The aunt of the 2-year-old girl killed by a hit-and-run driver was talking on her cell phone when she left the toddler unattended in the middle of Mission Street, police sources say. According to our sources, 25-year-old Loyresha Gage had taken Mi'yana Gregory and her twin brother to see "Teenage Mutant Ninja Turtles" at the Metreon, and was crossing Mission Street between Fourth and Fifth streets to the Fifth and Mission city garage, when the incident unfolded just after 10:30 p.m. Aug. 15. Police say Gage never pushed the pedestrian "walk" button at the crosswalk in front of the Westfield San Francisco Centre mall before she began crossing the street against the red light - taking Mi'yana by the hand as she talked with a friend on her cell phone about where they would meet up later. According to street surveillance cameras, that's when a white Toyota Camry or Lexus made between 1992 and 1994, heading east on Mission, struck Mi'yana as she wandered aimlessly in the crosswalk. In a move that signals the changing odds, the Service Employees International Union Local 1021, which represents city workers, has made civil rights attorney Dan Siegel its top pick in the November ranked-choice election, followed by City Councilwoman Rebecca Kaplan and then Quan. [...] in this case, Slighton was nimble enough to help himself to a pair of blue latex gloves used by the screeners before he directed two female passengers at a security checkpoint into a private screening booth for pat-downs, according to surveillance camera footage. State Sen. Jerry Hill's bill calling on the state to negotiate with billionaire venture capitalist Vinod Khosla to buy the public access road to Martins Beach is heading to Gov. Jerry Brown's desk.
California High-speed Rail—more Questions And Concerns - The Atlantic
Early this month, a three-judge panel of a California state appeals court gave the project a significant boost, by overturning a lower-court ruling that had blocked the system's major source of funding. There are still more legal challenges ahead; plus debate about the plan in this fall's California election; plus ongoing sniping between the most influential Democrat in California, Jerry Brown in Sacramento, and the most influential Republican, House Minority Leader Kevin McCarthy in Washington. For now, California HSR chugs ahead.
The Buzz: California health exchange weighs formal opposition to Prop. 45
Christopher Cadelago and Alexei Koseff @ sacbee.com
Covered California, the agency charged with carrying out the federal health care law, issued an analysis stating that the measure could have a detrimental impact on the exchange’s operations, including its ability to negotiate with insurance companies.
6.0 Quake Rattles Bay Area, Sending About 170 People To Hospitals
The little-known West Napa Fault shook for about 20 seconds early Sunday, enough to leave the San Francisco Bay Area with its biggest earthquake in 25 years — wrecking historic wine country buildings, buckling streets, emptying store shelves, rupturing gas and water lines, and sending about 170 people to the hospital.
Could A Wording 'glitch' Doom Obama's Healthcare Law?
When a federal appeals court ruled last month that a seemingly arcane wording flaw in the Affordable Care Act should invalidate a central part of the law, many of those who drafted the statute five years ago reacted with shock and anger.
Charging For Paper Bags Isn't Justified
There's logic missing in the battle of bags now raging in the California Legislature.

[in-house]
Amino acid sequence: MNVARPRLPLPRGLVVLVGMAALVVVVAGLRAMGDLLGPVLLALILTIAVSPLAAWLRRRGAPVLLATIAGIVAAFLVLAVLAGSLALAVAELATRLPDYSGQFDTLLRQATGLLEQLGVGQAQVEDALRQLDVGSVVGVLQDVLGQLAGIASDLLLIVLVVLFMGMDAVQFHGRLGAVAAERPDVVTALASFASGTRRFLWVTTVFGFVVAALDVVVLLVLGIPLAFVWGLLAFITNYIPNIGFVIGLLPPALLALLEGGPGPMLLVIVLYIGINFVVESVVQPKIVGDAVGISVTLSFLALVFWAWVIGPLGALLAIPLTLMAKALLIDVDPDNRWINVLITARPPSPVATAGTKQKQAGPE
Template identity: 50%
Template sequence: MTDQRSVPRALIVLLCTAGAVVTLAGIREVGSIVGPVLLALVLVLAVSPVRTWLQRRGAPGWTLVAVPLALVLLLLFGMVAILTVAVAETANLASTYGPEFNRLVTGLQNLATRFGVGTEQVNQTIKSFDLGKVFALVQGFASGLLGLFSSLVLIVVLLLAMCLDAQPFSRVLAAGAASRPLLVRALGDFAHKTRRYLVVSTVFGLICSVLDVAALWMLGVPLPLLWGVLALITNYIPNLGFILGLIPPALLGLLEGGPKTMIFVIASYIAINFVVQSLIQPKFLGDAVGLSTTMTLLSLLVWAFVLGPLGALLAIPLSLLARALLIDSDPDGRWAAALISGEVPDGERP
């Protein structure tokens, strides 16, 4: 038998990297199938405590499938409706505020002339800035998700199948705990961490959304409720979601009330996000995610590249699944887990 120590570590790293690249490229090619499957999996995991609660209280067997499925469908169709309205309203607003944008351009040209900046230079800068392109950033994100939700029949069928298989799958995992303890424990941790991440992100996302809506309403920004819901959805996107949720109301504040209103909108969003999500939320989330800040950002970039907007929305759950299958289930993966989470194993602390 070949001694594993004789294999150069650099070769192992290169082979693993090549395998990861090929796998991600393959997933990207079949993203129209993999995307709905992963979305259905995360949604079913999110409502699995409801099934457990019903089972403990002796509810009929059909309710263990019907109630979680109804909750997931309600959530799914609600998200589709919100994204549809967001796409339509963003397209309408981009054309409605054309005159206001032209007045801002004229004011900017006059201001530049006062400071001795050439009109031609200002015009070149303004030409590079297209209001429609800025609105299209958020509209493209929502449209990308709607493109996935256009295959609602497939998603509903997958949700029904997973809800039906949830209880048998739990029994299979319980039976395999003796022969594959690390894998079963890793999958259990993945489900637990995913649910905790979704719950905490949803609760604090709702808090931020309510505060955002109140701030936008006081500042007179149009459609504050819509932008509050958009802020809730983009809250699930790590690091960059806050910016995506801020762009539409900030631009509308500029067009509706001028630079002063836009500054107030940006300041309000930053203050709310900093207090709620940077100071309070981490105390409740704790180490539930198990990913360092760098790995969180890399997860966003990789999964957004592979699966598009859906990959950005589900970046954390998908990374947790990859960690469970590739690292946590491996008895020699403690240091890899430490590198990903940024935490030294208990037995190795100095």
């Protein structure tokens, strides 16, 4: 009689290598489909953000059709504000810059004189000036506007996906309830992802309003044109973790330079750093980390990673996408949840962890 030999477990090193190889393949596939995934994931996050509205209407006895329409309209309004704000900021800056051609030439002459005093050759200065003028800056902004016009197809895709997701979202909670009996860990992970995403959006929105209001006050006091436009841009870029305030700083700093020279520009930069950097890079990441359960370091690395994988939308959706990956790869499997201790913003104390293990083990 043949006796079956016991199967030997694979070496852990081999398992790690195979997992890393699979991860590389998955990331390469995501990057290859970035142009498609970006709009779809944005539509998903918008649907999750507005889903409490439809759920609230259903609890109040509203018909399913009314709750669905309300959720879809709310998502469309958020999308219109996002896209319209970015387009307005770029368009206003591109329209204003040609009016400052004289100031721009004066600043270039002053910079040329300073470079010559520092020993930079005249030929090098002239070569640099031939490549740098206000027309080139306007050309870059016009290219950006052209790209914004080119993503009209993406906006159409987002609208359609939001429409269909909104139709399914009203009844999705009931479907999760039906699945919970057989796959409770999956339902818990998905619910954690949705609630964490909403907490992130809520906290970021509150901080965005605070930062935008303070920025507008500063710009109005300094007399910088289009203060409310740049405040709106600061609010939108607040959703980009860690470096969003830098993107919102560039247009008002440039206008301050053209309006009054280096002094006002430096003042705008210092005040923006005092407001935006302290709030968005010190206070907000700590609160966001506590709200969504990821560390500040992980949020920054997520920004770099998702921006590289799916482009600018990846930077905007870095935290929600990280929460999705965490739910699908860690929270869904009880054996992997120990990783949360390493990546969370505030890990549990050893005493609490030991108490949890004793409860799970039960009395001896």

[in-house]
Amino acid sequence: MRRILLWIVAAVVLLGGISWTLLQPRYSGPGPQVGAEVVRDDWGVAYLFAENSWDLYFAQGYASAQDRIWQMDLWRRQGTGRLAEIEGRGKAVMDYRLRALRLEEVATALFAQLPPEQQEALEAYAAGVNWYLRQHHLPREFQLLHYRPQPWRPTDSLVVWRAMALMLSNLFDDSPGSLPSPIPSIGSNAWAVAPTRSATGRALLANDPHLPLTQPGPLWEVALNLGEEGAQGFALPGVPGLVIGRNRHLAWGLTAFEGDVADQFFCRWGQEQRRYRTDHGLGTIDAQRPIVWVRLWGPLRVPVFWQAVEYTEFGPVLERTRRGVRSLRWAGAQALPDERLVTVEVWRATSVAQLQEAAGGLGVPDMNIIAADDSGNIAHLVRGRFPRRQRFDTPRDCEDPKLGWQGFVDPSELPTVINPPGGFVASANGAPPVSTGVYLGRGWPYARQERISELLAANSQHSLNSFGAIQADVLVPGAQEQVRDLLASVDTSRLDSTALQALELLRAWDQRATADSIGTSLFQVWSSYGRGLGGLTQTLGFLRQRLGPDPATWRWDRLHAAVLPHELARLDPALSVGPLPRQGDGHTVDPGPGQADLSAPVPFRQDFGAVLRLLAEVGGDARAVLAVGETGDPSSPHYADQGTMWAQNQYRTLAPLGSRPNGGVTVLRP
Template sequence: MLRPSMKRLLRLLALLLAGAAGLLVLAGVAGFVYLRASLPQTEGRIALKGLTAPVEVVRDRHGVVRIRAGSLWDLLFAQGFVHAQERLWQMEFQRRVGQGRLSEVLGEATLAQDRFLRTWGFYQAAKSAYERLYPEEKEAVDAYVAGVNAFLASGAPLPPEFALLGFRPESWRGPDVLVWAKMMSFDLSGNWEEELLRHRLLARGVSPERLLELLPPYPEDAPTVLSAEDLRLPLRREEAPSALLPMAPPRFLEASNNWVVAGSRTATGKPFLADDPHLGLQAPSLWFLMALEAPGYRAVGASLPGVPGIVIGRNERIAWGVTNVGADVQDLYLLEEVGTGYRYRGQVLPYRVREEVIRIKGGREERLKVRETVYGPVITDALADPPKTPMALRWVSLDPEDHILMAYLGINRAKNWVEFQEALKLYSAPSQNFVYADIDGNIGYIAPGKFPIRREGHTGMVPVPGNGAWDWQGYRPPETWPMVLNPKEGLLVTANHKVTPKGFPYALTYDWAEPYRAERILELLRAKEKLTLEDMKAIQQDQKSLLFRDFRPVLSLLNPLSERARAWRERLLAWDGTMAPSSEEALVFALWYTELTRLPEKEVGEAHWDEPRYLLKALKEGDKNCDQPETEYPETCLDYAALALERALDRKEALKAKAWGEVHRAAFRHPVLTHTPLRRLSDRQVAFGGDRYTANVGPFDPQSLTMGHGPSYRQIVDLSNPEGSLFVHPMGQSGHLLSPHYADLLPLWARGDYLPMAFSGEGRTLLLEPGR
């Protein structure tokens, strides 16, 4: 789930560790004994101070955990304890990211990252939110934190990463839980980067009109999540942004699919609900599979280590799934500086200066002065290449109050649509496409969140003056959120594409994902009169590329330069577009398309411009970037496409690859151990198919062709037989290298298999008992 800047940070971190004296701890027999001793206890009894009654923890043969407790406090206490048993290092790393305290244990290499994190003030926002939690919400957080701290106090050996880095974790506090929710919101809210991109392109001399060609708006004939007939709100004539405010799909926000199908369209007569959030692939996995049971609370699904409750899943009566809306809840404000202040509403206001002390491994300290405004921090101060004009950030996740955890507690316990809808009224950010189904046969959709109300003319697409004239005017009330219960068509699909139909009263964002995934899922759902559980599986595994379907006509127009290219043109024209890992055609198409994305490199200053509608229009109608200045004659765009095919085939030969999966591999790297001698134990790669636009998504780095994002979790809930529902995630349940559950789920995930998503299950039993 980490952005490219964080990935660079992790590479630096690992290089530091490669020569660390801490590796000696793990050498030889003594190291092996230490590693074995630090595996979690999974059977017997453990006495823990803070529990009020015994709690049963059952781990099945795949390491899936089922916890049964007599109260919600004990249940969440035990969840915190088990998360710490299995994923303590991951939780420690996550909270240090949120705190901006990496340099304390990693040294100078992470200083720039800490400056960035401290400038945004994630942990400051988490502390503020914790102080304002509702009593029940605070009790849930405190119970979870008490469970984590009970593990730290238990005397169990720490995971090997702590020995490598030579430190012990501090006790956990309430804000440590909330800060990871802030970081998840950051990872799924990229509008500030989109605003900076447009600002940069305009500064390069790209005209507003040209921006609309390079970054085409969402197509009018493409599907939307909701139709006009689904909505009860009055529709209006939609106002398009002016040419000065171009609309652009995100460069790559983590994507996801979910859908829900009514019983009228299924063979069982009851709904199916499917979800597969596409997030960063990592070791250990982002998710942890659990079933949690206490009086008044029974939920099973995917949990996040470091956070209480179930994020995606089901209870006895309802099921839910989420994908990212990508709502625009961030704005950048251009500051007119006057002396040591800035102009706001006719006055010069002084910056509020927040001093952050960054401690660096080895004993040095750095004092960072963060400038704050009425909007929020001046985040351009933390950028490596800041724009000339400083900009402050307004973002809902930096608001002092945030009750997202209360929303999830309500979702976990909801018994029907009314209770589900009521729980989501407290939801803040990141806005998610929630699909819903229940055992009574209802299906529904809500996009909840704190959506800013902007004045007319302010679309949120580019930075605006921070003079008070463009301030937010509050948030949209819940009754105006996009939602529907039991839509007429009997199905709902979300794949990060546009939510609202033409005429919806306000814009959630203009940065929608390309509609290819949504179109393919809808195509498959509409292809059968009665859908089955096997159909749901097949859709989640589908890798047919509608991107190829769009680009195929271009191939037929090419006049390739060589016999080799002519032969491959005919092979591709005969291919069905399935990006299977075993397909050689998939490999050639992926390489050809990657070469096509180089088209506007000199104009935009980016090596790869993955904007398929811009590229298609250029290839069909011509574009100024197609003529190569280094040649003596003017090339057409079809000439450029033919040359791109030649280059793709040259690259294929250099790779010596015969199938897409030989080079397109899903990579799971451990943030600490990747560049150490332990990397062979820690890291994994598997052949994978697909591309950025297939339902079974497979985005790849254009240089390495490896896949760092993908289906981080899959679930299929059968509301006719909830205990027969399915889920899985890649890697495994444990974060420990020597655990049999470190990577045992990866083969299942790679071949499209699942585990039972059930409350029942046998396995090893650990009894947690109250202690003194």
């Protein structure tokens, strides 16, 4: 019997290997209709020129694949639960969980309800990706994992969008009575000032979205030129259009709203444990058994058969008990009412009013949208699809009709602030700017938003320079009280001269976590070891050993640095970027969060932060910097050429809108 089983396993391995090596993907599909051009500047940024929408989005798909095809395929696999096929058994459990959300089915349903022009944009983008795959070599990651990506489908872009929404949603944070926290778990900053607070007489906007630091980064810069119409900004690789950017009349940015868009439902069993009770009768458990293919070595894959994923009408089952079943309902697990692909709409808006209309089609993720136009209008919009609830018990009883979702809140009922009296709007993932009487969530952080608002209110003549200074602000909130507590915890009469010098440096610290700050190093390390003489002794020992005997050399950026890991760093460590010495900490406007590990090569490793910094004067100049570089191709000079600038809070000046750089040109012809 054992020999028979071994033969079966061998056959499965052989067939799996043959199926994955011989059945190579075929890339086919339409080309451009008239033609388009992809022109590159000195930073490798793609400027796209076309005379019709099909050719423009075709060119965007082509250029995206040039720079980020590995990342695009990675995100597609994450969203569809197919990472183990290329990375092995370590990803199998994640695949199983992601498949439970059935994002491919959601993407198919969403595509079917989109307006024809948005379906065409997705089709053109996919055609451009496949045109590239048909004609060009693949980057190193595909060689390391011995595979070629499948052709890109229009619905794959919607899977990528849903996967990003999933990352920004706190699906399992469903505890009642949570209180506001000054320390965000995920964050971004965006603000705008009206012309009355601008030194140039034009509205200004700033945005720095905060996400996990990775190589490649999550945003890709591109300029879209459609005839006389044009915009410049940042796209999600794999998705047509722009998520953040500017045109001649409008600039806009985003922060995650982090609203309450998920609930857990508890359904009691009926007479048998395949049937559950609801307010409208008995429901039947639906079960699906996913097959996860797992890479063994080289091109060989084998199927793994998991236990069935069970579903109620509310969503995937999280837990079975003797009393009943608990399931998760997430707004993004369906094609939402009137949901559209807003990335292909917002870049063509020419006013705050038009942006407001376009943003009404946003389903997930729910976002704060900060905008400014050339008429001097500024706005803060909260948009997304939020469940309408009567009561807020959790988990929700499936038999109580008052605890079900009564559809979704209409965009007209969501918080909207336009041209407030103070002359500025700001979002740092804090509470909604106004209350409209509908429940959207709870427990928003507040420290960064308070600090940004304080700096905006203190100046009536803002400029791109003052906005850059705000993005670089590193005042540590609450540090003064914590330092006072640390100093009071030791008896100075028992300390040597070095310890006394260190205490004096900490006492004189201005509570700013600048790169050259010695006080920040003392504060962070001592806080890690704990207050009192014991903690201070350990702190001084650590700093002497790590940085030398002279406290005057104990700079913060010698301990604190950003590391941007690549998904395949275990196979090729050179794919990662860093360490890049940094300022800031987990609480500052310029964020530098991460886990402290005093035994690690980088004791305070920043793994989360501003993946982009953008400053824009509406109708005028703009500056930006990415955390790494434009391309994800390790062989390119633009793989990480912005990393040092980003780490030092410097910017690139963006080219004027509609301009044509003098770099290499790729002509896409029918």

Kansas Lawyer Is 'go To Guy' In Battle Against Obama On Immigration | Reuters
NEW YORK/WASHINGTON Mon Aug 25, 2014 2:35am EDT
Future of Export-Import Bank Splits Candidates in Key Senate Races
The reauthorization of the agency that offers loans to foreign buyers of American products has become a source of friction in high-profile campaigns.
Candidates Are Forced To Wade Through Iraq, Again
The Iraq war was once again front and center on the campaign trail in New Hampshire last week, with a Democratic president under fire.
Endorsement: Attorney General Kamala Harris, all but unchallenged, deserves a second term
the Editorial Board @ sacbee.com
Kamala Harris deserves a second term as California attorney general.
Mexico's President Starts California Visit In La
Small quake strikes off Southern California | Murder suspect arrested in Santa Maria
Should Confederate Flag Be Outlawed On State Property? - The Orange County Register
MATTHEW FLEMING @ ocregister.com
BY MATTHEW FLEMING / STAFF WRITER
Wildfire Threatens 500 Northern California Homes
The fire about 2 miles west of Weaverville was also threatening about 20 businesses and facilities, including the town airport and high school, said Lilly Wyatt, a spokeswoman with the California Governor's Office of Emergency Services.
California Vs. Texas In Fight To Attract And Retain Businesses
As California tries to woo businesses, Texas' experience raises questions about the wisdom of buying jobs with taxpayer dollars.
Roy Choi To Launch Loco'l, A New Healthful Fast Food Chain
Roy Choi is looking to expand his growing culinary empire with a new chain of fast food restaurants called Loco'l. Choi and San Francisco chef Daniel Patterson on Monday announced their plans to open the healthful-food-focused concept together at MAD4, the annual Copenhagen symposium for chefs, cooks and farmers.
Lausd Officials Had Close Ties With Apple, Pearson Execs, Records Show
Los Angeles schools Supt. John Deasy and his chief deputy developed a special relationship with executives from the companies that won a key technology contract, records show, raising new questions about the bidding process in a $1-billion effort to provide a computer to every student in the nation's second-largest school system.
Burger King,tim Hortons Talks Could Turn Up Heat On Tax Inversions
Burger King Worldwide Inc.'s potential acquisition of coffee-and-doughnut chain Tim Hortons Inc. could flame-broil the already simmering debate in Washington about new limits on off-shore tax shifting after the companies confirmed a new merged firm would be based in Canada.